The Ithaca 37 is based on a 1915 patent by the famous firearms designer John Browning, initially marketed as the Remington Model 17. The Model 17 was a 20-gauge of trim proportions, which Remington later redesigned and refined into the popular side-ejecting Remington Model 31. The Model 31 would eventually be replaced in production by the less expensive to make Remington 870 which is still produced to this day.
Following the First World War, the Ithaca Gun Company was searching for a pump-action shotgun to produce, primarily to compete with the ubiquitous Winchester Model 1912. They settled on waiting for Remington Model 17 patents to expire. After gearing for production of the Ithaca Model 33, they discovered a Pedersen patent that would not expire until 1937; along with the introduction date, they changed the model designation from 33 to 37.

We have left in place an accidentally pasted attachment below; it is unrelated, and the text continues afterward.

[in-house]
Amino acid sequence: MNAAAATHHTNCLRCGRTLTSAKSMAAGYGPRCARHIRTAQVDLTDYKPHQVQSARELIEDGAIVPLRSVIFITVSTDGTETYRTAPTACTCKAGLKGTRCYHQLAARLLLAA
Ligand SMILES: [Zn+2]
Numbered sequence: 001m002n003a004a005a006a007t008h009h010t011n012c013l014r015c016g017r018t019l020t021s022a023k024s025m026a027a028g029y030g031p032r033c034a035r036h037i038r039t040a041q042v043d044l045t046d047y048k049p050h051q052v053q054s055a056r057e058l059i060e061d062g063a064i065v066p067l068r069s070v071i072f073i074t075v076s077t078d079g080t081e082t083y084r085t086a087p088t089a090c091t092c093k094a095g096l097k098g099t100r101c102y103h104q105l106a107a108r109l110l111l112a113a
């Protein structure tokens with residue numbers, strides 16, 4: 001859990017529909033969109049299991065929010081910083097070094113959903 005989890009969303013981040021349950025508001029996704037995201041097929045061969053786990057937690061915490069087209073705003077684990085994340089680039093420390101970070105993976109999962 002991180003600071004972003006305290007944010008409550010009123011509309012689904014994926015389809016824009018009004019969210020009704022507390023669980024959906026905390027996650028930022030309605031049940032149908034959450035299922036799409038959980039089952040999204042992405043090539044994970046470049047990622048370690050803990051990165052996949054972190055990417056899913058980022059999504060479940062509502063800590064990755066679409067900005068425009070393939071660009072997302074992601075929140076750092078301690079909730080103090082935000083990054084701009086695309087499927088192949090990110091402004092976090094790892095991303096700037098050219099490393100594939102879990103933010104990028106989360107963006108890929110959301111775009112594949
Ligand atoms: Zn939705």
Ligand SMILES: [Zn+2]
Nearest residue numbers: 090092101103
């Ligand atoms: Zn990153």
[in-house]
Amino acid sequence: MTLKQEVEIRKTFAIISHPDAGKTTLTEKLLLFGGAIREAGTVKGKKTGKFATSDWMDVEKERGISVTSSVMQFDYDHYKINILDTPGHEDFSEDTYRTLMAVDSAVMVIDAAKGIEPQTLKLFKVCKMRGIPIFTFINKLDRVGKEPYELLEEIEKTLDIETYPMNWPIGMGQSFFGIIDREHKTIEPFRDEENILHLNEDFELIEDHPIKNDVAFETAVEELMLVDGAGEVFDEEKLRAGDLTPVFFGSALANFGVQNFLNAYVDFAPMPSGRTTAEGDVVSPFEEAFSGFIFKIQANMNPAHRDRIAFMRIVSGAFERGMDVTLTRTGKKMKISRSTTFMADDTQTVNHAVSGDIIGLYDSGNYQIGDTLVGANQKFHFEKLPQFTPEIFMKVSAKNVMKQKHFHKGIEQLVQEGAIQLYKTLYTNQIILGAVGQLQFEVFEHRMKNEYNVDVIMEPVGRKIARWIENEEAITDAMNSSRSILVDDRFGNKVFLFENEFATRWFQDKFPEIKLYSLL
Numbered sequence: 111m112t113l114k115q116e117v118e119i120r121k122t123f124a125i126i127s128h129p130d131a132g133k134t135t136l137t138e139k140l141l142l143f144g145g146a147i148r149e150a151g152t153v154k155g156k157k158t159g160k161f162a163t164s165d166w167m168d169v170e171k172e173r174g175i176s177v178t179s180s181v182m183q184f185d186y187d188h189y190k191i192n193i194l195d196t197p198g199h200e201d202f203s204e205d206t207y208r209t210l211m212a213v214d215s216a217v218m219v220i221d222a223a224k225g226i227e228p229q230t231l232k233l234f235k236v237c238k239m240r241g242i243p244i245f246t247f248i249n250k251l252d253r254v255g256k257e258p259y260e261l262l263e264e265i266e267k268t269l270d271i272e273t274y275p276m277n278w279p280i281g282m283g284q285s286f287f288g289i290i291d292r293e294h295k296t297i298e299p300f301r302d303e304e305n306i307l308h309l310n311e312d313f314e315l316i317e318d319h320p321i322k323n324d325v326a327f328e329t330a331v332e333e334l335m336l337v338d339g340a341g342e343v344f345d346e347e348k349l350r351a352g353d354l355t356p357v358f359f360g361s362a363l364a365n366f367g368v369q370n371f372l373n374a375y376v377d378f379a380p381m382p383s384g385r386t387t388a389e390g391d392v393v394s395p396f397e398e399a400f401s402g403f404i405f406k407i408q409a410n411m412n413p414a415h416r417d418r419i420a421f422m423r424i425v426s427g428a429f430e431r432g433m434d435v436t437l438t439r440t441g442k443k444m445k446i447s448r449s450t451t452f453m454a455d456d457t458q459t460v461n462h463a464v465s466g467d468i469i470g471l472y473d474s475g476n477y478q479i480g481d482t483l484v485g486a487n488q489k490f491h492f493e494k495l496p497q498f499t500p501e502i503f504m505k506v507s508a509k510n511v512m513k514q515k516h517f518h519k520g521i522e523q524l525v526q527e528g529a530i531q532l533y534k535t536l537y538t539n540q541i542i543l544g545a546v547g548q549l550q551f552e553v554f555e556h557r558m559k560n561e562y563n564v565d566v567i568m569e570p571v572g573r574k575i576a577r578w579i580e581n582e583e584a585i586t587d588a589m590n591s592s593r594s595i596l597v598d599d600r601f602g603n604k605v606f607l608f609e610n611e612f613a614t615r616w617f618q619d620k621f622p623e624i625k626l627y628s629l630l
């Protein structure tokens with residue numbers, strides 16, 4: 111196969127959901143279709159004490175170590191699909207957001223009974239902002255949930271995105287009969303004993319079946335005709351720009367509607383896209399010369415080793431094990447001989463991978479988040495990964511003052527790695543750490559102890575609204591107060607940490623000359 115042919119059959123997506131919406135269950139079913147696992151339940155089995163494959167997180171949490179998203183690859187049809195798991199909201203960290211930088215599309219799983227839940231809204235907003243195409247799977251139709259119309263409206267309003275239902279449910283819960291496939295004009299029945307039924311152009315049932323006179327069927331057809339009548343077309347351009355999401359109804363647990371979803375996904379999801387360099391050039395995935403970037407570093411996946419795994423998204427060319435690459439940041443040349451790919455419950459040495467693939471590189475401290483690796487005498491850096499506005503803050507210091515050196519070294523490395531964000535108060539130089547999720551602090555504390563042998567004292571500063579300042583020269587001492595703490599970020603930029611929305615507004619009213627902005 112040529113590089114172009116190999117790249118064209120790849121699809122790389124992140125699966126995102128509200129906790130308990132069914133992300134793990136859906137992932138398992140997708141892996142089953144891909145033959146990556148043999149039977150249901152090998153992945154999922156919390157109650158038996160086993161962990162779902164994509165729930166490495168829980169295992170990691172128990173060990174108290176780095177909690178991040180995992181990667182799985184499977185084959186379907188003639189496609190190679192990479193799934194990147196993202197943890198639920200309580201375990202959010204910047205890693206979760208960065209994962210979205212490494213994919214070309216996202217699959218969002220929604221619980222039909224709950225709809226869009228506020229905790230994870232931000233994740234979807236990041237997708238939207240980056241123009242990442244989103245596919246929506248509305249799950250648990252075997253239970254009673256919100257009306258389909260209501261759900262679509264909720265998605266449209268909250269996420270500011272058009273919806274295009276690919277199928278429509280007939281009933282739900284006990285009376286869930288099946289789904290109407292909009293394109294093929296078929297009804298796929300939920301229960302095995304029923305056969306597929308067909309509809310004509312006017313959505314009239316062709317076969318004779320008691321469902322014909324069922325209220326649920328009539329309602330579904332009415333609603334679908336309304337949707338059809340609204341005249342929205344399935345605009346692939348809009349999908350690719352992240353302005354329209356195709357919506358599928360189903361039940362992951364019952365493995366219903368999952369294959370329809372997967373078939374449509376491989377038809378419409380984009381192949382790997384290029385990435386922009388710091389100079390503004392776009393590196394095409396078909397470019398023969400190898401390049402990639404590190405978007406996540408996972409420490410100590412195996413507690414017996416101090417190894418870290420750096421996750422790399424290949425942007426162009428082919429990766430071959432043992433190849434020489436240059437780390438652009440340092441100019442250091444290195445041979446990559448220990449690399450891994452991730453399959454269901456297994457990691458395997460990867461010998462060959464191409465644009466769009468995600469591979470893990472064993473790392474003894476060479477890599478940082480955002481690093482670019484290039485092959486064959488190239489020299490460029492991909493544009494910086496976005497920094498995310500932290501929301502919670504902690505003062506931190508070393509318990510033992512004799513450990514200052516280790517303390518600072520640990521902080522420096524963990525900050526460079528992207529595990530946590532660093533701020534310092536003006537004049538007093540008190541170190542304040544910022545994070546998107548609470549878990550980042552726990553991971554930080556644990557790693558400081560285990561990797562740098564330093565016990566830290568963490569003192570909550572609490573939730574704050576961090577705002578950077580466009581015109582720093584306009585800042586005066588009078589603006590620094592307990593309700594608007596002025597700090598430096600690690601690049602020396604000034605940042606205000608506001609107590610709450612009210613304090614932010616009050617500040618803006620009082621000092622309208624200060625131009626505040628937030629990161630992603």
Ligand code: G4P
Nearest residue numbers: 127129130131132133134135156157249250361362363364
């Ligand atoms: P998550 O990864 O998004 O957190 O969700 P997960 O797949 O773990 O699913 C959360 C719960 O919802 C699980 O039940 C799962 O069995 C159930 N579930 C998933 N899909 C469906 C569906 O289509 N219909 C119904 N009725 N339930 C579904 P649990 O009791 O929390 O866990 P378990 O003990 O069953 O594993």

With the depression dragging on and war looming on the horizon, it was possibly the worst time to introduce a sporting arm. Many sporting arms ceased production entirely during the same period. While Ithaca did produce some shotguns for military use during the war, they also produced M1911 pistols and M3 Grease Guns.
After WW-II, Ithaca resumed production of the Model 37. Made in many different models, the Ithaca 37 has the longest production run for a pump-action shotgun in history, surpassing that of the Winchester Model 12 that had originally inspired Ithaca to produce pump-action shotguns. Ithaca has suffered many setbacks in its history, changing hands numerous times. At one time, the Ithaca 37 was renamed the Model 87, although it was soon changed back in one of many ownership changes. Production paused in 2005 when Ithaca once again changed hands. Production has resumed in Ohio.